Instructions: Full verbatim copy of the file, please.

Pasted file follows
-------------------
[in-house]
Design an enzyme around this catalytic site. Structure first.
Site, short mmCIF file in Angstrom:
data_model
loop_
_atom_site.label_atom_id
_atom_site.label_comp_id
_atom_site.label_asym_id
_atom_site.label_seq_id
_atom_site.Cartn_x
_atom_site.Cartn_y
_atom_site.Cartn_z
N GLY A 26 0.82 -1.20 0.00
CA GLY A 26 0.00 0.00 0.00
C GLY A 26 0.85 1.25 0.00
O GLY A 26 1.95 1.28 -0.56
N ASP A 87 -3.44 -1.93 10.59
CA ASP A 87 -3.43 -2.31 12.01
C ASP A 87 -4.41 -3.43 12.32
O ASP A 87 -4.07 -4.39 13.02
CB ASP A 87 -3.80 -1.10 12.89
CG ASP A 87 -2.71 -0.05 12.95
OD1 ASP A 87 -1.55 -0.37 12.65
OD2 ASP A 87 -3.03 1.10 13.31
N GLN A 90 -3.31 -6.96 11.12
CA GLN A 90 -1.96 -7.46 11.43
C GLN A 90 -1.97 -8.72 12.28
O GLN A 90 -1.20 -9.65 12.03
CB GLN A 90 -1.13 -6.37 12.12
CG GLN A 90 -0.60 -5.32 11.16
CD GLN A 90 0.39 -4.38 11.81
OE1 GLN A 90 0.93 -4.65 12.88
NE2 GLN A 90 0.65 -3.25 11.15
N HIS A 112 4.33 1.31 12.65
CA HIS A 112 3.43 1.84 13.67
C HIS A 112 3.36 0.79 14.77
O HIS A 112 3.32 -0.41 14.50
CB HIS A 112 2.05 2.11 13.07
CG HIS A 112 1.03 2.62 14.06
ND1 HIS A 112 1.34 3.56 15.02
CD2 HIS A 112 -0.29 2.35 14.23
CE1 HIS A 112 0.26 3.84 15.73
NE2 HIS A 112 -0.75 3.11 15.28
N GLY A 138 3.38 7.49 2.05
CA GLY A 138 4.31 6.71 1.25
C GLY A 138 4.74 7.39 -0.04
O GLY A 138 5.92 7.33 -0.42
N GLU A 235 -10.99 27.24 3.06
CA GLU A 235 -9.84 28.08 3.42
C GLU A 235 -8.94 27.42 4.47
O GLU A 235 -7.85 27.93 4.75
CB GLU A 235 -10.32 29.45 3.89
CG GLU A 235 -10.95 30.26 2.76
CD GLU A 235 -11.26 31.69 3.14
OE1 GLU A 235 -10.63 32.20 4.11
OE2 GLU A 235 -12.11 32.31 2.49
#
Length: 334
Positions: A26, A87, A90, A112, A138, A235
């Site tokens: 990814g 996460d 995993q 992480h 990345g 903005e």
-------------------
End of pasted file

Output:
[in-house]
Design an enzyme around this catalytic site. Structure first.
Site, short mmCIF file in Angstrom:
data_model
loop_
_atom_site.label_atom_id
_atom_site.label_comp_id
_atom_site.label_asym_id
_atom_site.label_seq_id
_atom_site.Cartn_x
_atom_site.Cartn_y
_atom_site.Cartn_z
N GLY A 26 0.82 -1.20 0.00
CA GLY A 26 0.00 0.00 0.00
C GLY A 26 0.85 1.25 0.00
O GLY A 26 1.95 1.28 -0.56
N ASP A 87 -3.44 -1.93 10.59
CA ASP A 87 -3.43 -2.31 12.01
C ASP A 87 -4.41 -3.43 12.32
O ASP A 87 -4.07 -4.39 13.02
CB ASP A 87 -3.80 -1.10 12.89
CG ASP A 87 -2.71 -0.05 12.95
OD1 ASP A 87 -1.55 -0.37 12.65
OD2 ASP A 87 -3.03 1.10 13.31
N GLN A 90 -3.31 -6.96 11.12
CA GLN A 90 -1.96 -7.46 11.43
C GLN A 90 -1.97 -8.72 12.28
O GLN A 90 -1.20 -9.65 12.03
CB GLN A 90 -1.13 -6.37 12.12
CG GLN A 90 -0.60 -5.32 11.16
CD GLN A 90 0.39 -4.38 11.81
OE1 GLN A 90 0.93 -4.65 12.88
NE2 GLN A 90 0.65 -3.25 11.15
N HIS A 112 4.33 1.31 12.65
CA HIS A 112 3.43 1.84 13.67
C HIS A 112 3.36 0.79 14.77
O HIS A 112 3.32 -0.41 14.50
CB HIS A 112 2.05 2.11 13.07
CG HIS A 112 1.03 2.62 14.06
ND1 HIS A 112 1.34 3.56 15.02
CD2 HIS A 112 -0.29 2.35 14.23
CE1 HIS A 112 0.26 3.84 15.73
NE2 HIS A 112 -0.75 3.11 15.28
N GLY A 138 3.38 7.49 2.05
CA GLY A 138 4.31 6.71 1.25
C GLY A 138 4.74 7.39 -0.04
O GLY A 138 5.92 7.33 -0.42
N GLU A 235 -10.99 27.24 3.06
CA GLU A 235 -9.84 28.08 3.42
C GLU A 235 -8.94 27.42 4.47
O GLU A 235 -7.85 27.93 4.75
CB GLU A 235 -10.32 29.45 3.89
CG GLU A 235 -10.95 30.26 2.76
CD GLU A 235 -11.26 31.69 3.14
OE1 GLU A 235 -10.63 32.20 4.11
OE2 GLU A 235 -12.11 32.31 2.49
#
Length: 334
Positions: A26, A87, A90, A112, A138, A235
């Site tokens: 990814g 996460d 995993q 992480h 990345g 903005e």